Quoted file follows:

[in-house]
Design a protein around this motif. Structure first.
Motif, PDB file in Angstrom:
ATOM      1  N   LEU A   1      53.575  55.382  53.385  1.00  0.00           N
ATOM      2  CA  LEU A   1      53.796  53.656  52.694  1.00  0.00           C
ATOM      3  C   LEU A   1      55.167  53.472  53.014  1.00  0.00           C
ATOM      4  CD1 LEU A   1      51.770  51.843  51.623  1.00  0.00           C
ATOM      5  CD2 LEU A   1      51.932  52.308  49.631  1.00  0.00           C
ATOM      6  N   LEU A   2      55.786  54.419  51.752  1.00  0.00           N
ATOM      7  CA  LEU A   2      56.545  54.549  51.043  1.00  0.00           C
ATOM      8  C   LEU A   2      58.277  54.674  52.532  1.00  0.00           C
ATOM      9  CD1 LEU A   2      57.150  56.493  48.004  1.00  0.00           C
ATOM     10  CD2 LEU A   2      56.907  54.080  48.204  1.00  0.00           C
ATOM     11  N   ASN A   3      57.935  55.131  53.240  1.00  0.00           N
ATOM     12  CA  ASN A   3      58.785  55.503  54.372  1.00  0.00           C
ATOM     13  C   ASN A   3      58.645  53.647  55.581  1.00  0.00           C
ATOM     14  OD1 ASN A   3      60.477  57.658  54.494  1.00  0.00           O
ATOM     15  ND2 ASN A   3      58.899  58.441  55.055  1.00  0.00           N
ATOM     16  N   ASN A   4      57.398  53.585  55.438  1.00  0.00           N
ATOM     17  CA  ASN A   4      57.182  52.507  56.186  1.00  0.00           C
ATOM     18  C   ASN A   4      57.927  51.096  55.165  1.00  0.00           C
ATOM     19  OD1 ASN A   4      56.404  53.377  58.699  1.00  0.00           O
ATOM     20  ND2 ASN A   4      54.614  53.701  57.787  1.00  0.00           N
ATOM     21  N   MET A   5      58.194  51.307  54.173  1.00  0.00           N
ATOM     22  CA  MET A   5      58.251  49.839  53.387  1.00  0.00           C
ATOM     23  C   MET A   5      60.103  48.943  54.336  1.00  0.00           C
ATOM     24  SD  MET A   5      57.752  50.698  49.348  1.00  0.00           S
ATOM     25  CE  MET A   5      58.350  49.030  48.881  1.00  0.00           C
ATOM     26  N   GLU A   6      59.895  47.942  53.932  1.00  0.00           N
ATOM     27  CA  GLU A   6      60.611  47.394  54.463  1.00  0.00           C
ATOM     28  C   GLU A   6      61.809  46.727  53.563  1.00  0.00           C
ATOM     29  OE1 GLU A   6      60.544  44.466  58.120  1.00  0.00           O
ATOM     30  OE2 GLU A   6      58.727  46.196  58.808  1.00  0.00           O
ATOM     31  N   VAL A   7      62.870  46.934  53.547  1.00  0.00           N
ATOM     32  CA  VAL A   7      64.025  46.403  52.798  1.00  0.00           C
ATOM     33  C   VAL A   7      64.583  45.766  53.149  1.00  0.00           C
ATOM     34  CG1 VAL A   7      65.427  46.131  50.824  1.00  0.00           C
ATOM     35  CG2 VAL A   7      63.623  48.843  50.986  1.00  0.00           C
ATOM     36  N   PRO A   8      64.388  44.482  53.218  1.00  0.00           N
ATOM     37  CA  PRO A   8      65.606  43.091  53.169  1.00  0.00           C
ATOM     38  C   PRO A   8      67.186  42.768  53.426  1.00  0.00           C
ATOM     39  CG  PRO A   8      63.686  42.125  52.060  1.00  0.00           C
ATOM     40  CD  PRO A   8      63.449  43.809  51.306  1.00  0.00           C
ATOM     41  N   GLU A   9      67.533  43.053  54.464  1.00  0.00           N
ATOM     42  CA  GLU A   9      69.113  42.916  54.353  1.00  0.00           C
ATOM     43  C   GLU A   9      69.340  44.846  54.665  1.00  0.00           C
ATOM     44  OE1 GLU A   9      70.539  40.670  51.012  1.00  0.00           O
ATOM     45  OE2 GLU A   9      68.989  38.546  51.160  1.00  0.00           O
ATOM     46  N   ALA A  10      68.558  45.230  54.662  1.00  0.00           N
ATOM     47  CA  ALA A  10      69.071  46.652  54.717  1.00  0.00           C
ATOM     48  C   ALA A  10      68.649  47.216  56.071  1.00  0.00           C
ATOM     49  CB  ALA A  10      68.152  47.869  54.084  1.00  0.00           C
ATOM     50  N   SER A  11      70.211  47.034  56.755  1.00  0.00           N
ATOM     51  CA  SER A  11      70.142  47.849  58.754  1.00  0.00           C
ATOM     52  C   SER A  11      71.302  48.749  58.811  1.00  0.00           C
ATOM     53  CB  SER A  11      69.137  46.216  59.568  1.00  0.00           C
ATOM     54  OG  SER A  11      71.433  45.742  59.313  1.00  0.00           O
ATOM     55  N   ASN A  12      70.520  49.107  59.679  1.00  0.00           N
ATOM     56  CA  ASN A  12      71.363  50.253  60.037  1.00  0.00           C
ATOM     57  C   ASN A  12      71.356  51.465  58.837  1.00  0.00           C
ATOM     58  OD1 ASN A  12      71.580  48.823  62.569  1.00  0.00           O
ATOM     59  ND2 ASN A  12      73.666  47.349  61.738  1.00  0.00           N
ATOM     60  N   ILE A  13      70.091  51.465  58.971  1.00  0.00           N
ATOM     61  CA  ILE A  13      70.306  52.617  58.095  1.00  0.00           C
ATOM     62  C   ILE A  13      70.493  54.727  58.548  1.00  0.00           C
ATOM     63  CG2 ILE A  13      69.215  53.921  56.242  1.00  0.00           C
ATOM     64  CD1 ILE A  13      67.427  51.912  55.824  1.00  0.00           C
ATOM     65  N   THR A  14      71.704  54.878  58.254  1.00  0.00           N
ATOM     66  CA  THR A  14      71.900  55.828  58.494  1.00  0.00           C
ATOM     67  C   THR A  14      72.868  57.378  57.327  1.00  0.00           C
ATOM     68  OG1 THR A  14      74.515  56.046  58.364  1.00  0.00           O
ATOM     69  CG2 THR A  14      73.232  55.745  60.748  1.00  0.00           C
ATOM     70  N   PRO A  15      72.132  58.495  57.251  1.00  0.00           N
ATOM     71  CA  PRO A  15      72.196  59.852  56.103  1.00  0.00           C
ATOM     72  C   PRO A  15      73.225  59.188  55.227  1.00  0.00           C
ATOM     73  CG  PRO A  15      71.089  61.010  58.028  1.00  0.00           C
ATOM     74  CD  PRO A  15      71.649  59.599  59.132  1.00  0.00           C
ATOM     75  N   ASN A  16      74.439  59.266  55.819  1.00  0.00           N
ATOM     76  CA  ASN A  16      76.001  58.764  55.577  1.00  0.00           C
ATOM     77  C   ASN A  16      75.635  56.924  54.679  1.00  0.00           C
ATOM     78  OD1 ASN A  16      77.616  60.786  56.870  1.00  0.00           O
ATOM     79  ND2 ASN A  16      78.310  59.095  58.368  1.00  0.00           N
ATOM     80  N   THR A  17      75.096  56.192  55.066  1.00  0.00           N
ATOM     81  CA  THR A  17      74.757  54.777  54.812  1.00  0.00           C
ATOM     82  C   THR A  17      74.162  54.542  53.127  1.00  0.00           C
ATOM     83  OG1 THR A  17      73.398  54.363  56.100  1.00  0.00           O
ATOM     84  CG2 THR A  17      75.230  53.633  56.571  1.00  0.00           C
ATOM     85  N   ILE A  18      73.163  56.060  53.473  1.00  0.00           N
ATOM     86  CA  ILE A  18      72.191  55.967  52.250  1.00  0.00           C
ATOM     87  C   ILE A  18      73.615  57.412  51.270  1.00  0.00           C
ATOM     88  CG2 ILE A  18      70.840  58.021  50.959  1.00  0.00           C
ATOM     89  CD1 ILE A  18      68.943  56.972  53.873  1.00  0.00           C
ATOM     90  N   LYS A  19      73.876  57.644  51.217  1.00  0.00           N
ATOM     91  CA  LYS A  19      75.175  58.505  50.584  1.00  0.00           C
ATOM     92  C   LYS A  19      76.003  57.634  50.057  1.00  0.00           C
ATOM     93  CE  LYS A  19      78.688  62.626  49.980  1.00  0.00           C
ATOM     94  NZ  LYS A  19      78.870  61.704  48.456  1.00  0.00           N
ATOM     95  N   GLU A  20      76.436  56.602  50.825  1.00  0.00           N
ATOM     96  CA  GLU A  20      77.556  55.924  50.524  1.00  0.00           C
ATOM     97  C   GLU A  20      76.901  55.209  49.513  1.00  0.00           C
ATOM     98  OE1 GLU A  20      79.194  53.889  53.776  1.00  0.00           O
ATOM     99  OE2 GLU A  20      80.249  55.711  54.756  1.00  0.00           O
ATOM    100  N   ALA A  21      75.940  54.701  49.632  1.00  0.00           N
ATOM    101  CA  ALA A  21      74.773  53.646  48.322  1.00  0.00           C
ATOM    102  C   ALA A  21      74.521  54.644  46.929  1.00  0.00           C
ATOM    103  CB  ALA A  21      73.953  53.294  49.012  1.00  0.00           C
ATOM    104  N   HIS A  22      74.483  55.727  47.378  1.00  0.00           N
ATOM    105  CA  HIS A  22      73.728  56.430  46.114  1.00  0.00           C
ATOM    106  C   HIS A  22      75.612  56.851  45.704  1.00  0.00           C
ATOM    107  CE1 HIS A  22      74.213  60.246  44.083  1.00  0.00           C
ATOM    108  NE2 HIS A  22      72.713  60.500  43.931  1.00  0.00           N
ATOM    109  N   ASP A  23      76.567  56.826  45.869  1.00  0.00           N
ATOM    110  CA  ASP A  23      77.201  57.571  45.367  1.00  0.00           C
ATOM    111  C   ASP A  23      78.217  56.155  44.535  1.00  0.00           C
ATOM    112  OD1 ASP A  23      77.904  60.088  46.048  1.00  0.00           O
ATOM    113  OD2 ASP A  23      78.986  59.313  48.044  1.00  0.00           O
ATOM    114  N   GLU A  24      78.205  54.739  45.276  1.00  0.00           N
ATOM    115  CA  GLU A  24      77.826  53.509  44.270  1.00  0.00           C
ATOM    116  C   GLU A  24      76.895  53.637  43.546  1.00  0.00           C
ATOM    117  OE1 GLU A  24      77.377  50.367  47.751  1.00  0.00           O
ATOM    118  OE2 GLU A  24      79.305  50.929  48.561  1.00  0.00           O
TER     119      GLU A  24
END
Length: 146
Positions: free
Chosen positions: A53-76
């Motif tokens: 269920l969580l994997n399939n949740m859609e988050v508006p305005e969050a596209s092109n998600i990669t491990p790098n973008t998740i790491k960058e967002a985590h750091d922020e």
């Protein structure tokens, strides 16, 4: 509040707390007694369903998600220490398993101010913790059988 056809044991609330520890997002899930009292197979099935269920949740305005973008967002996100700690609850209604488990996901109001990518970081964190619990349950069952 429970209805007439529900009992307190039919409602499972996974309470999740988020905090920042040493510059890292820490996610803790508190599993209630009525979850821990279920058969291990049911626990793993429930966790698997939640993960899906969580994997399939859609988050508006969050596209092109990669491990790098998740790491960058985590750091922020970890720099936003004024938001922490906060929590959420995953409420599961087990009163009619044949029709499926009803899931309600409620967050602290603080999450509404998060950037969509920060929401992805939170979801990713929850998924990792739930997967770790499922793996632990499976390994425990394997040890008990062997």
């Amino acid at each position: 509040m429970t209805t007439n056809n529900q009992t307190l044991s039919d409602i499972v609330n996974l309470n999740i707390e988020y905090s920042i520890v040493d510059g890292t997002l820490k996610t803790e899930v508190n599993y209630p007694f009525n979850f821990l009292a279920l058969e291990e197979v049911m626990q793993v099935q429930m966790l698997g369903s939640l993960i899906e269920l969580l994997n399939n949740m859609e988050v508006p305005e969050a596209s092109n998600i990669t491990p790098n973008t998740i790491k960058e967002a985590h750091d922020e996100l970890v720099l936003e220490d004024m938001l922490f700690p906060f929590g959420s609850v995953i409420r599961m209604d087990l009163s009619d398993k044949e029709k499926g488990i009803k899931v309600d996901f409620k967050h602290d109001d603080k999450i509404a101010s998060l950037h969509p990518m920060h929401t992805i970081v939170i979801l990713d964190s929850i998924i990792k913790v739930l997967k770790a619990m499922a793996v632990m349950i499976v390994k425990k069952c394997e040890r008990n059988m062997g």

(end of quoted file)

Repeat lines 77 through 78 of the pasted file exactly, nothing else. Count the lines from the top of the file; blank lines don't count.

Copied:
ATOM     74  CD  PRO A  15      71.649  59.599  59.132  1.00  0.00           C
ATOM     75  N   ASN A  16      74.439  59.266  55.819  1.00  0.00           N